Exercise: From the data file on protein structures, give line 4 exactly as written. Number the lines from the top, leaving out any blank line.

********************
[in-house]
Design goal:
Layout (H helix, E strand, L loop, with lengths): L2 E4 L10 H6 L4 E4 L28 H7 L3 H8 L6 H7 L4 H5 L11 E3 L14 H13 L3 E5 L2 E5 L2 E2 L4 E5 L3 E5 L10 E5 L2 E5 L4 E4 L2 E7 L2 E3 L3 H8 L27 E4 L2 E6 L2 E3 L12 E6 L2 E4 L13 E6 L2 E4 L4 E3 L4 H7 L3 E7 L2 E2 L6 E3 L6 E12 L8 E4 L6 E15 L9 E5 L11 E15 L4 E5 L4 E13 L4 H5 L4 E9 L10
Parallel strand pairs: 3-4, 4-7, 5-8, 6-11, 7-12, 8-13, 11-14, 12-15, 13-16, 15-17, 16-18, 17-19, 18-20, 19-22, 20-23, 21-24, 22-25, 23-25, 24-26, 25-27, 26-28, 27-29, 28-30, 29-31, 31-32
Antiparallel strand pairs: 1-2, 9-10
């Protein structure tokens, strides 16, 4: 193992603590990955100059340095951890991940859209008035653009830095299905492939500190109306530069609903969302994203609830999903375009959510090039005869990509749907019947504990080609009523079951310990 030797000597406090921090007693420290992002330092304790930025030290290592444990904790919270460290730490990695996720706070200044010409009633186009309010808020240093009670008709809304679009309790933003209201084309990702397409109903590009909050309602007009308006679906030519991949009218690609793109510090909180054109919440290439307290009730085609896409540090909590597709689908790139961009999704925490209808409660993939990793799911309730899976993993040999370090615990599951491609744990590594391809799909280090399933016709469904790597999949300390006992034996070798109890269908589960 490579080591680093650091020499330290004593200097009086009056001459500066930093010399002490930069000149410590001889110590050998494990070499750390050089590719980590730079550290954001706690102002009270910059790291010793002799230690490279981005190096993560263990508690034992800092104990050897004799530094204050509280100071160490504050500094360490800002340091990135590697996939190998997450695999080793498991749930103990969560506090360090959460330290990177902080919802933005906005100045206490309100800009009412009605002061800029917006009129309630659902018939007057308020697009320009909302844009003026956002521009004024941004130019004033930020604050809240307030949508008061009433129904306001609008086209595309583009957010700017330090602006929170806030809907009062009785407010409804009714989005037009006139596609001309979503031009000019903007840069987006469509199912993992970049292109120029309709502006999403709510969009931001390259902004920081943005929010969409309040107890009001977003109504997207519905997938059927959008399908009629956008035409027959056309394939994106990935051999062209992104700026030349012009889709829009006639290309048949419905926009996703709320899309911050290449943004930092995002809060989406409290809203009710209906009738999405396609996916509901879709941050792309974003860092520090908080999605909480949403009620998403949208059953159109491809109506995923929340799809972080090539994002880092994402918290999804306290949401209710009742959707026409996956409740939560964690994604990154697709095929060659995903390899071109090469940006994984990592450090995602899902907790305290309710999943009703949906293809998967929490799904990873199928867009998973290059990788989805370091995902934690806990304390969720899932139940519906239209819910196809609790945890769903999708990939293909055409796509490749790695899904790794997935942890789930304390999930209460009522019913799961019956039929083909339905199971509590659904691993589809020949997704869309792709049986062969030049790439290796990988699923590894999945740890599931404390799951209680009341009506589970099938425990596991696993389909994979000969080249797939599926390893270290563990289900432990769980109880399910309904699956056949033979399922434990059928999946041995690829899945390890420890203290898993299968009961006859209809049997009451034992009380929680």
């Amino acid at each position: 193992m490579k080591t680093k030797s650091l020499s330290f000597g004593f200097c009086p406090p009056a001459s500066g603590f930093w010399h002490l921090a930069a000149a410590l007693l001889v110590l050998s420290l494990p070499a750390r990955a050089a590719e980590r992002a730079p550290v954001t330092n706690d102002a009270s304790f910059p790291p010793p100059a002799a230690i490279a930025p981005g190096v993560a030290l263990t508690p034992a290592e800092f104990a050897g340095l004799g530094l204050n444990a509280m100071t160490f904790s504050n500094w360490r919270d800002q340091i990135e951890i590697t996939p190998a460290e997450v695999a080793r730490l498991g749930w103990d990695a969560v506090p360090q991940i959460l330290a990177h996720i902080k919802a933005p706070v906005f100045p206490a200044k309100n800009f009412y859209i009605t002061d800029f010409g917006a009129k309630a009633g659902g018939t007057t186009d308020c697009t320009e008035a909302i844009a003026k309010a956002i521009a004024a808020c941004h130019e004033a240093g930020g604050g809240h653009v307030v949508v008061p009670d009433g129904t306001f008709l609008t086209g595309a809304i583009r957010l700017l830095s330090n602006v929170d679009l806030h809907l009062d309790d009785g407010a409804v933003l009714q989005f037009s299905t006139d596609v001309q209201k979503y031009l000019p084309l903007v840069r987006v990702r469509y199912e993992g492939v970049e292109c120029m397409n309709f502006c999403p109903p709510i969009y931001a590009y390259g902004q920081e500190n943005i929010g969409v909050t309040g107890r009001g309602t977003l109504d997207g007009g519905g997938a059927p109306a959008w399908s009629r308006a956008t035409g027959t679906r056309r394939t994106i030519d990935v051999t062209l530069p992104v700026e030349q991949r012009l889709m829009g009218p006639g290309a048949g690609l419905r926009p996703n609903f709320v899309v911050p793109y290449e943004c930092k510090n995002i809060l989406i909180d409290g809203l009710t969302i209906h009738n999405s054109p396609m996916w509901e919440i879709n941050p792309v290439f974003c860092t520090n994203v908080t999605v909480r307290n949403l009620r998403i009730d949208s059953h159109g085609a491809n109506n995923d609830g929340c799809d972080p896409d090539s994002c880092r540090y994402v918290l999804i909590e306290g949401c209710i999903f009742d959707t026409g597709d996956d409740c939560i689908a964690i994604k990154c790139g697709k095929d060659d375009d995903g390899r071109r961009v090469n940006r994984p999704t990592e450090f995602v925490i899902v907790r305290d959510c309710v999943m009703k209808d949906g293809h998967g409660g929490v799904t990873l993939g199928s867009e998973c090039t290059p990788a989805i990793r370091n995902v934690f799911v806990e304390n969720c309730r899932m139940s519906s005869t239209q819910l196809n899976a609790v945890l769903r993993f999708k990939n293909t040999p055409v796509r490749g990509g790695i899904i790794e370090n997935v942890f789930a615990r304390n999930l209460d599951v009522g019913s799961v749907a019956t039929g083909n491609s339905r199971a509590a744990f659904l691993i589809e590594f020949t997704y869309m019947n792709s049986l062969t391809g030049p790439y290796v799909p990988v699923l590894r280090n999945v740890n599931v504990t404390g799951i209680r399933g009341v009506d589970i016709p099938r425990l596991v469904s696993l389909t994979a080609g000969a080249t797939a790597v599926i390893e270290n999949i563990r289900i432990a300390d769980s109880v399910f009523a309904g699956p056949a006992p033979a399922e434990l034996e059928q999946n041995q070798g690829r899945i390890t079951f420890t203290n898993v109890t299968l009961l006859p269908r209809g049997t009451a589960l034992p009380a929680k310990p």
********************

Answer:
Parallel strand pairs: 3-4, 4-7, 5-8, 6-11, 7-12, 8-13, 11-14, 12-15, 13-16, 15-17, 16-18, 17-19, 18-20, 19-22, 20-23, 21-24, 22-25, 23-25, 24-26, 25-27, 26-28, 27-29, 28-30, 29-31, 31-32